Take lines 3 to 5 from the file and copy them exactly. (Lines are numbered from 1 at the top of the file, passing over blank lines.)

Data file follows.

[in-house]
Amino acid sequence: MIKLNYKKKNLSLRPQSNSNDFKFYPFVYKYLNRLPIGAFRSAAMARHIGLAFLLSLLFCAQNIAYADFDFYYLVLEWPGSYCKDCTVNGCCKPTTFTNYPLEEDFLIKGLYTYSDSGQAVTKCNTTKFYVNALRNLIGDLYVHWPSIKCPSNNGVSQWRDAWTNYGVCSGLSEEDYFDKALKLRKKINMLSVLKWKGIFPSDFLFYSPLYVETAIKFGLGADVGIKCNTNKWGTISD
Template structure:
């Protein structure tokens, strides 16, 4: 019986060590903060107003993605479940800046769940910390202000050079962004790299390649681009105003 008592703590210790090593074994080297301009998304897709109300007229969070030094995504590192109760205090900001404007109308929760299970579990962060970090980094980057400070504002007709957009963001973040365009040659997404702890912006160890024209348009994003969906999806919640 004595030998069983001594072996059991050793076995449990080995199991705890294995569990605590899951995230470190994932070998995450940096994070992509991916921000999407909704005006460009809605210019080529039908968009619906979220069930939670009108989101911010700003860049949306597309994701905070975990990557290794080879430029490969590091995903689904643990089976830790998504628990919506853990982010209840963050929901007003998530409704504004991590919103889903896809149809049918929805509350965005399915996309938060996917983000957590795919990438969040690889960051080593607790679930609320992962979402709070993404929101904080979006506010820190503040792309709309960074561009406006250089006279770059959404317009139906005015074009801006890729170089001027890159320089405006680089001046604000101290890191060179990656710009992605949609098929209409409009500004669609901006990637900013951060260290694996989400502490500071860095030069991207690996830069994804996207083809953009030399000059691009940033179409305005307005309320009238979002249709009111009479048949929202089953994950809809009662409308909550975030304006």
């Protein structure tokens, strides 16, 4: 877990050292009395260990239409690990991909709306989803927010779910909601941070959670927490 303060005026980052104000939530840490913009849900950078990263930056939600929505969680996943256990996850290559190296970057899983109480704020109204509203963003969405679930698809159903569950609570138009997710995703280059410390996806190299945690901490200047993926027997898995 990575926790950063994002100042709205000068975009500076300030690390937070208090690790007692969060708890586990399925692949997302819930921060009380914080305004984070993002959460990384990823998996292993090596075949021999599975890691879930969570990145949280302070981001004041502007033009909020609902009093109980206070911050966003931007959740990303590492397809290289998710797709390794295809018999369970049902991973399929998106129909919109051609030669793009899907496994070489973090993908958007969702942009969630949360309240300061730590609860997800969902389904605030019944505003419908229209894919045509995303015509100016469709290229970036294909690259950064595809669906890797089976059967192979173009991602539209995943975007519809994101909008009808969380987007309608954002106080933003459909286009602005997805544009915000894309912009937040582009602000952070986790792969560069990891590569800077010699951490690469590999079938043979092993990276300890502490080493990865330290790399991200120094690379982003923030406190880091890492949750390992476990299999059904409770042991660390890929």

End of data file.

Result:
Template structure:
């Protein structure tokens, strides 16, 4: 019986060590903060107003993605479940800046769940910390202000050079962004790299390649681009105003 008592703590210790090593074994080297301009998304897709109300007229969070030094995504590192109760205090900001404007109308929760299970579990962060970090980094980057400070504002007709957009963001973040365009040659997404702890912006160890024209348009994003969906999806919640 004595030998069983001594072996059991050793076995449990080995199991705890294995569990605590899951995230470190994932070998995450940096994070992509991916921000999407909704005006460009809605210019080529039908968009619906979220069930939670009108989101911010700003860049949306597309994701905070975990990557290794080879430029490969590091995903689904643990089976830790998504628990919506853990982010209840963050929901007003998530409704504004991590919103889903896809149809049918929805509350965005399915996309938060996917983000957590795919990438969040690889960051080593607790679930609320992962979402709070993404929101904080979006506010820190503040792309709309960074561009406006250089006279770059959404317009139906005015074009801006890729170089001027890159320089405006680089001046604000101290890191060179990656710009992605949609098929209409409009500004669609901006990637900013951060260290694996989400502490500071860095030069991207690996830069994804996207083809953009030399000059691009940033179409305005307005309320009238979002249709009111009479048949929202089953994950809809009662409308909550975030304006």
């Protein structure tokens, strides 16, 4: 877990050292009395260990239409690990991909709306989803927010779910909601941070959670927490 303060005026980052104000939530840490913009849900950078990263930056939600929505969680996943256990996850290559190296970057899983109480704020109204509203963003969405679930698809159903569950609570138009997710995703280059410390996806190299945690901490200047993926027997898995 990575926790950063994002100042709205000068975009500076300030690390937070208090690790007692969060708890586990399925692949997302819930921060009380914080305004984070993002959460990384990823998996292993090596075949021999599975890691879930969570990145949280302070981001004041502007033009909020609902009093109980206070911050966003931007959740990303590492397809290289998710797709390794295809018999369970049902991973399929998106129909919109051609030669793009899907496994070489973090993908958007969702942009969630949360309240300061730590609860997800969902389904605030019944505003419908229209894919045509995303015509100016469709290229970036294909690259950064595809669906890797089976059967192979173009991602539209995943975007519809994101909008009808969380987007309608954002106080933003459909286009602005997805544009915000894309912009937040582009602000952070986790792969560069990891590569800077010699951490690469590999079938043979092993990276300890502490080493990865330290790399991200120094690379982003923030406190880091890492949750390992476990299999059904409770042991660390890929």